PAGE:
Tuesday, February 8, 2011

Teaching Evolution

A recent article in Science Daily has received a lot of attention, mostly because it has revealed some surprising statistics about American high school biology teachers. The article, or rather the research the article reports, implicitly raises a lot of questions, most of which are left unanswered. I'd like to make some of those questions explicit because I think they're important. The article begins with this paragraph:
The majority of public high school biology teachers in the U.S. are not strong classroom advocates of evolutionary biology, despite 40 years of court cases that have ruled teaching creationism or intelligent design violates the Constitution, according to Penn State political scientists. A mandatory undergraduate course in evolutionary biology for prospective teachers, and frequent refresher courses for current teachers, may be part of the solution, they say.

"Considerable research suggests that supporters of evolution, scientific methods, and reason itself are losing battles in America's classrooms," write Michael Berkman and Eric Plutzer, professors of political science at Penn State, in the January 28 issue of Science.
Well, how are supporters of "reason itself" and "scientific methods" losing battles in America's classrooms? The article never says. It simply implies that since a lot of biology teachers are refusing to indoctrinate their students that therefore reason and science are taking a beating.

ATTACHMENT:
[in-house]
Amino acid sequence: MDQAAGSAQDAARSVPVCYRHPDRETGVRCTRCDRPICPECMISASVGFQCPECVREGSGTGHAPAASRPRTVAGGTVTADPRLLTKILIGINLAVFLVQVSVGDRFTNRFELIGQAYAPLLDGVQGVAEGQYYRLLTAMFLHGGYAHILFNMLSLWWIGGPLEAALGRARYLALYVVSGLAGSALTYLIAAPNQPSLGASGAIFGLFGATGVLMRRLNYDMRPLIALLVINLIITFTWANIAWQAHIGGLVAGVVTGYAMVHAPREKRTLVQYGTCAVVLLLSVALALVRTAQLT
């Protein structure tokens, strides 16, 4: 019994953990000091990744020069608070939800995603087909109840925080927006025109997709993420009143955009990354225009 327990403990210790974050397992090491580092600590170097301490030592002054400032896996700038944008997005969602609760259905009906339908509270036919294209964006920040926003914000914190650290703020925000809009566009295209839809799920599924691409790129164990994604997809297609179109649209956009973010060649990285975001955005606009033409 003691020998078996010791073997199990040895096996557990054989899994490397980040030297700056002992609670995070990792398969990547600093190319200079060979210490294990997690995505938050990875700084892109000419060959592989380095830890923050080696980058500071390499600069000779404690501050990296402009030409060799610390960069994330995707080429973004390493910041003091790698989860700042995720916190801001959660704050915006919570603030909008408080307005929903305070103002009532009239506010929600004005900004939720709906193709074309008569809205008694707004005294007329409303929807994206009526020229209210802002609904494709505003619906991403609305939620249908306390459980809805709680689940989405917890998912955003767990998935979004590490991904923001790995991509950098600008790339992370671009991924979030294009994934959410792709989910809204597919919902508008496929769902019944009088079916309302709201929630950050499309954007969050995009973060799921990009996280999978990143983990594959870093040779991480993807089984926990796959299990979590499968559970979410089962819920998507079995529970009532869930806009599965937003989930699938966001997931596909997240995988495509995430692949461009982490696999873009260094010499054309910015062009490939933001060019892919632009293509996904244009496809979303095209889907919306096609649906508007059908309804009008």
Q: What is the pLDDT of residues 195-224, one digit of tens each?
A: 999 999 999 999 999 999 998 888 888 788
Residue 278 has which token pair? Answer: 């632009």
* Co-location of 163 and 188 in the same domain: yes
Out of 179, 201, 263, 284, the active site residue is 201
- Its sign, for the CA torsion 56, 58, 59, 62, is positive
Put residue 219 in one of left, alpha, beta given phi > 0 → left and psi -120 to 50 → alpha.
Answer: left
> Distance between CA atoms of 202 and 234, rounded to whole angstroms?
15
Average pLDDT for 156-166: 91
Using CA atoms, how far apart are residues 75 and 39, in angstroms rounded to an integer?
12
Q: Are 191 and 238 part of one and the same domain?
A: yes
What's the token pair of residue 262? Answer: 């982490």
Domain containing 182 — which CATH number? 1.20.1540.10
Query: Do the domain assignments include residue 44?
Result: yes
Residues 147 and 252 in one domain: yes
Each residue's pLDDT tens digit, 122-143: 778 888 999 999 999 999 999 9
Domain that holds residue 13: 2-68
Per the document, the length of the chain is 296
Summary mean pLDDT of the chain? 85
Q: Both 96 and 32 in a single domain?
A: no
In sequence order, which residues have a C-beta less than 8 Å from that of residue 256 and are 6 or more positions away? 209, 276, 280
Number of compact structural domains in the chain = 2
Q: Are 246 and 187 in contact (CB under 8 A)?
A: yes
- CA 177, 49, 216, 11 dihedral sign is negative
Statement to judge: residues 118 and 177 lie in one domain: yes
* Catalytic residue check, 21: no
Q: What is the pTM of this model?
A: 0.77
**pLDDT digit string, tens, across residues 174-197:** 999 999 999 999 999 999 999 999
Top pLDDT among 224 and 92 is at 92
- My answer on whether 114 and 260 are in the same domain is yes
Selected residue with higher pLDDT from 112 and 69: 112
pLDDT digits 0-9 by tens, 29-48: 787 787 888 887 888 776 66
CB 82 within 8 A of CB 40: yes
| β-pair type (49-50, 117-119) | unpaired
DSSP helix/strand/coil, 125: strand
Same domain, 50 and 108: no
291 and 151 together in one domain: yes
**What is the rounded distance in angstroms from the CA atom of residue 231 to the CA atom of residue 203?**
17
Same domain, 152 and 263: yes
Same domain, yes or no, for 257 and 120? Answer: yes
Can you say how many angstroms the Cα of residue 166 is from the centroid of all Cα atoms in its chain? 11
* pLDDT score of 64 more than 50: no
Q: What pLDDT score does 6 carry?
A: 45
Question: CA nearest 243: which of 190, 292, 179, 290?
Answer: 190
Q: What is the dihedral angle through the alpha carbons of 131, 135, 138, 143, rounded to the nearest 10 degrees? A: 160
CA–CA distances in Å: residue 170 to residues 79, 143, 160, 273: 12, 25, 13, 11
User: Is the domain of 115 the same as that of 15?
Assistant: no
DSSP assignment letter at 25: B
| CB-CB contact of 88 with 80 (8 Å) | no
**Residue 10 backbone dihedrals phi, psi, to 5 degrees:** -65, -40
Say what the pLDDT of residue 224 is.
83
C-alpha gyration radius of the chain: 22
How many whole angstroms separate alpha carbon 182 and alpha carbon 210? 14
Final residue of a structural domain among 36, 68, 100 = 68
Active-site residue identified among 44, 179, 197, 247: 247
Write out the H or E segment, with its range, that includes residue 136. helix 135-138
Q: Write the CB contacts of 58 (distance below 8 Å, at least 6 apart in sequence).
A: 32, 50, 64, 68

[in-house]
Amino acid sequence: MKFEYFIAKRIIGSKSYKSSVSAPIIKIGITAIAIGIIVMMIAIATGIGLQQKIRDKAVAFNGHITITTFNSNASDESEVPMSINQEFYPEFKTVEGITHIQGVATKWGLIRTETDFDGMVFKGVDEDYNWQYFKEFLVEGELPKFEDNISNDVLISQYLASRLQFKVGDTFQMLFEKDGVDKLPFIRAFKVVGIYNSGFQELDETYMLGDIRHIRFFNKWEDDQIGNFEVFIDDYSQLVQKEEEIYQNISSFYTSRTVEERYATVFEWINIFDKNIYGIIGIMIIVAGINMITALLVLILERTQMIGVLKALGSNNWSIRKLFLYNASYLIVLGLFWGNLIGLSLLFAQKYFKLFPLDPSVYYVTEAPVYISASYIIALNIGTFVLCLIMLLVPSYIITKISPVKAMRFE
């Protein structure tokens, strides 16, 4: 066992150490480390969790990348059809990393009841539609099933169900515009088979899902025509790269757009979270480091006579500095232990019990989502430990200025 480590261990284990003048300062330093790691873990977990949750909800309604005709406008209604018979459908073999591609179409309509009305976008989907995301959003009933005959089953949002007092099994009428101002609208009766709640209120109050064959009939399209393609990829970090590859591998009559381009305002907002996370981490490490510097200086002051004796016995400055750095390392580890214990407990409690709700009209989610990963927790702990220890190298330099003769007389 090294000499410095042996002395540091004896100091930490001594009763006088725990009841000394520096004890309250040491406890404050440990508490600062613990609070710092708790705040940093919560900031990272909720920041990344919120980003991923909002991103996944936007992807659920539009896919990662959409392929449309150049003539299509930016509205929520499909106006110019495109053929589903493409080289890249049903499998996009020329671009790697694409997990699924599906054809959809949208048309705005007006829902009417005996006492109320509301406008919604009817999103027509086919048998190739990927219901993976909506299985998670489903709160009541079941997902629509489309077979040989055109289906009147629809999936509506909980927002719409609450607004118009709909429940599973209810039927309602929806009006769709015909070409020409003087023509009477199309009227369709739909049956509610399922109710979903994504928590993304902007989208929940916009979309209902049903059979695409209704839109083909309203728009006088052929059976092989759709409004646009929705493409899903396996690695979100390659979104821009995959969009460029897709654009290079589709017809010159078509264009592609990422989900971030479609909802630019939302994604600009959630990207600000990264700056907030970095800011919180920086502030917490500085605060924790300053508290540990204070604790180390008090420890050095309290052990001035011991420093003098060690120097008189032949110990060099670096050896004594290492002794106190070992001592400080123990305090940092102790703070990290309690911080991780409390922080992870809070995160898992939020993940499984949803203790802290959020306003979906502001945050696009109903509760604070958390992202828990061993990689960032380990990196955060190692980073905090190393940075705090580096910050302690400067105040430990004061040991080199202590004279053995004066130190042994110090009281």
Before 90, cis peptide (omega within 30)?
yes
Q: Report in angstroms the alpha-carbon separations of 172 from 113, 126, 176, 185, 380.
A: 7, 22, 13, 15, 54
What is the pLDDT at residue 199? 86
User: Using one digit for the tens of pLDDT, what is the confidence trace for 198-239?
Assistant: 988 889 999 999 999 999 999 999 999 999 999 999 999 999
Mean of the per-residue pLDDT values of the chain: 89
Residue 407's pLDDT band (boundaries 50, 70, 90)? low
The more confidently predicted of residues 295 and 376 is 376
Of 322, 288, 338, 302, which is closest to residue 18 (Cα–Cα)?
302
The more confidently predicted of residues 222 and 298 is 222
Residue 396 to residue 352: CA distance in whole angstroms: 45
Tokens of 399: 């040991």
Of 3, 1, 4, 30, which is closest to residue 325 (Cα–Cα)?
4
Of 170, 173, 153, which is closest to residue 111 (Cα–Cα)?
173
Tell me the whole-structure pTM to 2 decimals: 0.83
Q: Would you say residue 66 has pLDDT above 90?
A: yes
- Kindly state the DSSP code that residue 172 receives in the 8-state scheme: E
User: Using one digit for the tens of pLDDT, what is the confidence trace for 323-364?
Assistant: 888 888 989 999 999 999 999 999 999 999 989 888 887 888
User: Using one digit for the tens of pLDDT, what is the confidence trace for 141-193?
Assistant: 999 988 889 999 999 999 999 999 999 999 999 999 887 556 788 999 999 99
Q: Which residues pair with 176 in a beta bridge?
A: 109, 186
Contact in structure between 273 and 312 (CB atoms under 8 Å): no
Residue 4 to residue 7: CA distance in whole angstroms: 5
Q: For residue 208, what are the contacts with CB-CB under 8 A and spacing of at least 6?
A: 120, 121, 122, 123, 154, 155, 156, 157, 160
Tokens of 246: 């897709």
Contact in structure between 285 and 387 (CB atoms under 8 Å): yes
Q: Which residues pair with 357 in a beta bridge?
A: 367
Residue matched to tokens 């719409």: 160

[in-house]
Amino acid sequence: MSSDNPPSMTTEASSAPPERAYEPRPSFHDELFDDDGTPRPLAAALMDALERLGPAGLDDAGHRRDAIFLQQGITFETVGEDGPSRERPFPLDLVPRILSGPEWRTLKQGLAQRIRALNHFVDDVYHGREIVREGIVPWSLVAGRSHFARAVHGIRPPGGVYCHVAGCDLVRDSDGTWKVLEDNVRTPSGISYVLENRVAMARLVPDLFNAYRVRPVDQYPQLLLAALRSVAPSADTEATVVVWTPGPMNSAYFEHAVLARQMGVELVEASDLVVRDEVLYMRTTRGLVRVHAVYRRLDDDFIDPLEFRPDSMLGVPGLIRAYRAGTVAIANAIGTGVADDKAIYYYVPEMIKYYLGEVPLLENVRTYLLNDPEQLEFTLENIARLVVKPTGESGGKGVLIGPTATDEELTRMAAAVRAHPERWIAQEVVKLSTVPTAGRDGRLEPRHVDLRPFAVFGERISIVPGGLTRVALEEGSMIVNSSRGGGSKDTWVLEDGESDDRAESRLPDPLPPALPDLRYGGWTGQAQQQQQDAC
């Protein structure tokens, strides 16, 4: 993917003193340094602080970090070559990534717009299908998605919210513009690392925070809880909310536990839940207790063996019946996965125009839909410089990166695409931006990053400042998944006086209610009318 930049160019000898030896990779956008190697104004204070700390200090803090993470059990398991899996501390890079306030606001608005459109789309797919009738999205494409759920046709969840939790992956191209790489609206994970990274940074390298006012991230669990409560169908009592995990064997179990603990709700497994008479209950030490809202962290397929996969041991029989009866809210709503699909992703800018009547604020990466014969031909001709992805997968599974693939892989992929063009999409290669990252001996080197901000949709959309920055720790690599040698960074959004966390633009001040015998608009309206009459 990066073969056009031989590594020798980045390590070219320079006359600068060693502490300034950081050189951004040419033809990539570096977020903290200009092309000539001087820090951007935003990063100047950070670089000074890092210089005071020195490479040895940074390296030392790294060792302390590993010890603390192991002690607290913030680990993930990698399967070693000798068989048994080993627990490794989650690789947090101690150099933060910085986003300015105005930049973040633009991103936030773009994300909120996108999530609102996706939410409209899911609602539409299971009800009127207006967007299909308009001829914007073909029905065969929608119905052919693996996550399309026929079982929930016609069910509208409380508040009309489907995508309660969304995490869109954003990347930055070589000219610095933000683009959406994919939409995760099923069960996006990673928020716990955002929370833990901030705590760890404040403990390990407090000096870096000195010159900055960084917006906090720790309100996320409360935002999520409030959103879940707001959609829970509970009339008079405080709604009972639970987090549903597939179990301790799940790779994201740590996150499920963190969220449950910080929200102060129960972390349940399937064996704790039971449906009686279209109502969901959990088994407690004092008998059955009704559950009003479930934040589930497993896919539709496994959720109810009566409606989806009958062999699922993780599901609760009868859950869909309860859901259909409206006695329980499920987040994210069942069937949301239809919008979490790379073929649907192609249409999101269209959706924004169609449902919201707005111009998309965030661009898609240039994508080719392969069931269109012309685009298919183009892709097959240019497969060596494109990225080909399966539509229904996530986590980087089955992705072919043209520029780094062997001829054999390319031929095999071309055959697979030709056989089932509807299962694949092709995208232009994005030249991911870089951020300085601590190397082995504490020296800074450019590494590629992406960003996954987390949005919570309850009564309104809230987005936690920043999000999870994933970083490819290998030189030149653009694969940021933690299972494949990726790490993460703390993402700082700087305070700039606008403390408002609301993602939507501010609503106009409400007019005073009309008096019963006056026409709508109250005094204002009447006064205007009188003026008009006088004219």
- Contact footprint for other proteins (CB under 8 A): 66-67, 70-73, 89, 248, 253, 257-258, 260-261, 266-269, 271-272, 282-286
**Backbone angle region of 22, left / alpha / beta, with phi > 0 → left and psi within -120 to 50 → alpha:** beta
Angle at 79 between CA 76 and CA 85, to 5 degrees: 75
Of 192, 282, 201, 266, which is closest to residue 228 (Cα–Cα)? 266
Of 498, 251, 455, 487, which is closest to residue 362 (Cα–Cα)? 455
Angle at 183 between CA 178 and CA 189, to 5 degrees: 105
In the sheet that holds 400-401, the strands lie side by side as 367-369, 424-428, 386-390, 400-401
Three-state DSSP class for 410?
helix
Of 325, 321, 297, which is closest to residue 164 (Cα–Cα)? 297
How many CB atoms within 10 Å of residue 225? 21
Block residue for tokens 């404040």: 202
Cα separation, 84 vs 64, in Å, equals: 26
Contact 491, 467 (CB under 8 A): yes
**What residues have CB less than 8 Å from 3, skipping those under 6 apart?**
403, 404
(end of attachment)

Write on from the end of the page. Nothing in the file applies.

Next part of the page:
The researchers examined data from the National Survey of High School Biology Teachers, a representative sample of 926 public high school biology instructors. They found only about 28 percent of those teachers consistently implement National Research Council recommendations calling for introduction of evidence that evolution occurred, and craft lesson plans with evolution as a unifying theme linking disparate topics in biology.

In contrast, Berkman and Plutzer found that about 13 percent of biology teachers "explicitly advocate creationism or intelligent design by spending at least one hour of class time presenting it in a positive light." Many of these teachers typically rejected the possibility that scientific methods can shed light on the origin of the species, and considered both evolution and creationism as belief systems that cannot be fully proven or discredited.
There's something wrong with this? Evolution can be fully proven? Creation can be fully discredited? What do these words even mean? What is meant here by the words evolution, creationism, proven and fully discredited? The article doesn't tell us. It just allows the reader to wander in confusion through this thicket of imprecise and undefined terminology.
Berkman and Plutzer dubbed the remaining teachers the "cautious 60 percent," who are neither strong advocates for evolutionary biology nor explicit endorsers of nonscientific alternatives. "Our data show that these teachers understandably want to avoid controversy," they said.

The researchers found these teachers commonly use one or more of three strategies to avoid controversy. Some teach evolutionary biology as if it applies only to molecular biology, ignoring an opportunity to impart a rich understanding of the diversity of species and evidence that one species gives rise to others.